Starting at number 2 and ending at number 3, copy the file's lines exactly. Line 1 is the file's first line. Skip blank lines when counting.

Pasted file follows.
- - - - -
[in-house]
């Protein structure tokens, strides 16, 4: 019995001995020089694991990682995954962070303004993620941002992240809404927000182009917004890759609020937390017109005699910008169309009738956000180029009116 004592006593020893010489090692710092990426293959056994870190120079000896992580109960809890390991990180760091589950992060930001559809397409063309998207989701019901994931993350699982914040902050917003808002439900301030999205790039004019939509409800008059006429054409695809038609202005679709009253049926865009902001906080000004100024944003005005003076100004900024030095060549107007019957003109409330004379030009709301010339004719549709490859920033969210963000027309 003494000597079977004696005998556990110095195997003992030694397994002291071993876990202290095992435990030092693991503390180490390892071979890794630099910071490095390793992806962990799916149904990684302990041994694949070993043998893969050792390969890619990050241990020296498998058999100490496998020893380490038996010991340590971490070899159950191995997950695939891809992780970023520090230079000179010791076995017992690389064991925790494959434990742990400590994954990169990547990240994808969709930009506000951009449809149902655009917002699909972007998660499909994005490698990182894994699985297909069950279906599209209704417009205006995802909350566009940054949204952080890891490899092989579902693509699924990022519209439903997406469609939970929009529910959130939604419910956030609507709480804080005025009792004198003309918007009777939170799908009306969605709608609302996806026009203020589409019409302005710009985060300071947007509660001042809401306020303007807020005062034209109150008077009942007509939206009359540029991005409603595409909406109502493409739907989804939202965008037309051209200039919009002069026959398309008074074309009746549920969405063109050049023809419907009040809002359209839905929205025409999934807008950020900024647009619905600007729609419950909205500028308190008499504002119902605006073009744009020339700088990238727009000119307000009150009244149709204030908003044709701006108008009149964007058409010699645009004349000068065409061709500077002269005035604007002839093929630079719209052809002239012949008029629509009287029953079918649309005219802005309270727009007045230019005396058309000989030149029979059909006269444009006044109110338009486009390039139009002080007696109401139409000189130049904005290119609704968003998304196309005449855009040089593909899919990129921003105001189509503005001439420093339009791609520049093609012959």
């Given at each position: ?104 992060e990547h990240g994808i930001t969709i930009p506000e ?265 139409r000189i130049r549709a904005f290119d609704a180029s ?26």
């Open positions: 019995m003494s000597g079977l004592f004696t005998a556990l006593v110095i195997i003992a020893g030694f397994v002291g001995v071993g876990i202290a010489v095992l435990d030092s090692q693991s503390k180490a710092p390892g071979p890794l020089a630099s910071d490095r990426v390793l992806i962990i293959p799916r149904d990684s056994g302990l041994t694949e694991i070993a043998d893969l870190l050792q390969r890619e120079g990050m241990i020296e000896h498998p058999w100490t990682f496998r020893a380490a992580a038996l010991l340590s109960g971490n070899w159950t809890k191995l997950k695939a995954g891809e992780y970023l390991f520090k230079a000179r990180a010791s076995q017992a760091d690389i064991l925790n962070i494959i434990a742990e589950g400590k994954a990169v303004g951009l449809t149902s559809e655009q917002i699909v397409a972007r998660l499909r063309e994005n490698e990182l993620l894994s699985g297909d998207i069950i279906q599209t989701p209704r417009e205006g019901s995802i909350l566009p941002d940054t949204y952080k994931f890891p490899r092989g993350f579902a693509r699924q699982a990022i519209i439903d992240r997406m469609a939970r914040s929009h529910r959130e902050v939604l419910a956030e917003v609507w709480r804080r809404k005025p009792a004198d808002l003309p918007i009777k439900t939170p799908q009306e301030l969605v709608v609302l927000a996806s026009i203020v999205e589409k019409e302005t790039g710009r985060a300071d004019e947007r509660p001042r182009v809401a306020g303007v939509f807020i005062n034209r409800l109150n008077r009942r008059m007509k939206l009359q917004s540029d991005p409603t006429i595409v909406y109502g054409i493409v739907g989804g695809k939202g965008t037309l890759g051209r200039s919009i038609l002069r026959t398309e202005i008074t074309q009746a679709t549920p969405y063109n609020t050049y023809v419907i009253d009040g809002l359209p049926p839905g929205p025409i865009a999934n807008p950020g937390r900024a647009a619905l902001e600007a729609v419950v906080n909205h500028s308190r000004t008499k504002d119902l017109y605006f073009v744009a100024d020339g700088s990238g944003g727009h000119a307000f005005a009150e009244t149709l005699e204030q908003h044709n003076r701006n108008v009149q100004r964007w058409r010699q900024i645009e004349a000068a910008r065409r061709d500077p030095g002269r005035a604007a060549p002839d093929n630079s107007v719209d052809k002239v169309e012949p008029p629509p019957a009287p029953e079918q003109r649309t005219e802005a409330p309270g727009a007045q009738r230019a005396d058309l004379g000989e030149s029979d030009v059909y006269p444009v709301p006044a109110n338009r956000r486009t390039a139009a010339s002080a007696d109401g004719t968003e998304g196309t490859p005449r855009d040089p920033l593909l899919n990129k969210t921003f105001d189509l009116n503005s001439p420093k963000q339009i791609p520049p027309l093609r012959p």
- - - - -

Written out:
């Protein structure tokens, strides 16, 4: 019995001995020089694991990682995954962070303004993620941002992240809404927000182009917004890759609020937390017109005699910008169309009738956000180029009116 004592006593020893010489090692710092990426293959056994870190120079000896992580109960809890390991990180760091589950992060930001559809397409063309998207989701019901994931993350699982914040902050917003808002439900301030999205790039004019939509409800008059006429054409695809038609202005679709009253049926865009902001906080000004100024944003005005003076100004900024030095060549107007019957003109409330004379030009709301010339004719549709490859920033969210963000027309 003494000597079977004696005998556990110095195997003992030694397994002291071993876990202290095992435990030092693991503390180490390892071979890794630099910071490095390793992806962990799916149904990684302990041994694949070993043998893969050792390969890619990050241990020296498998058999100490496998020893380490038996010991340590971490070899159950191995997950695939891809992780970023520090230079000179010791076995017992690389064991925790494959434990742990400590994954990169990547990240994808969709930009506000951009449809149902655009917002699909972007998660499909994005490698990182894994699985297909069950279906599209209704417009205006995802909350566009940054949204952080890891490899092989579902693509699924990022519209439903997406469609939970929009529910959130939604419910956030609507709480804080005025009792004198003309918007009777939170799908009306969605709608609302996806026009203020589409019409302005710009985060300071947007509660001042809401306020303007807020005062034209109150008077009942007509939206009359540029991005409603595409909406109502493409739907989804939202965008037309051209200039919009002069026959398309008074074309009746549920969405063109050049023809419907009040809002359209839905929205025409999934807008950020900024647009619905600007729609419950909205500028308190008499504002119902605006073009744009020339700088990238727009000119307000009150009244149709204030908003044709701006108008009149964007058409010699645009004349000068065409061709500077002269005035604007002839093929630079719209052809002239012949008029629509009287029953079918649309005219802005309270727009007045230019005396058309000989030149029979059909006269444009006044109110338009486009390039139009002080007696109401139409000189130049904005290119609704968003998304196309005449855009040089593909899919990129921003105001189509503005001439420093339009791609520049093609012959």
């Given at each position: ?104 992060e990547h990240g994808i930001t969709i930009p506000e ?265 139409r000189i130049r549709a904005f290119d609704a180029s ?26």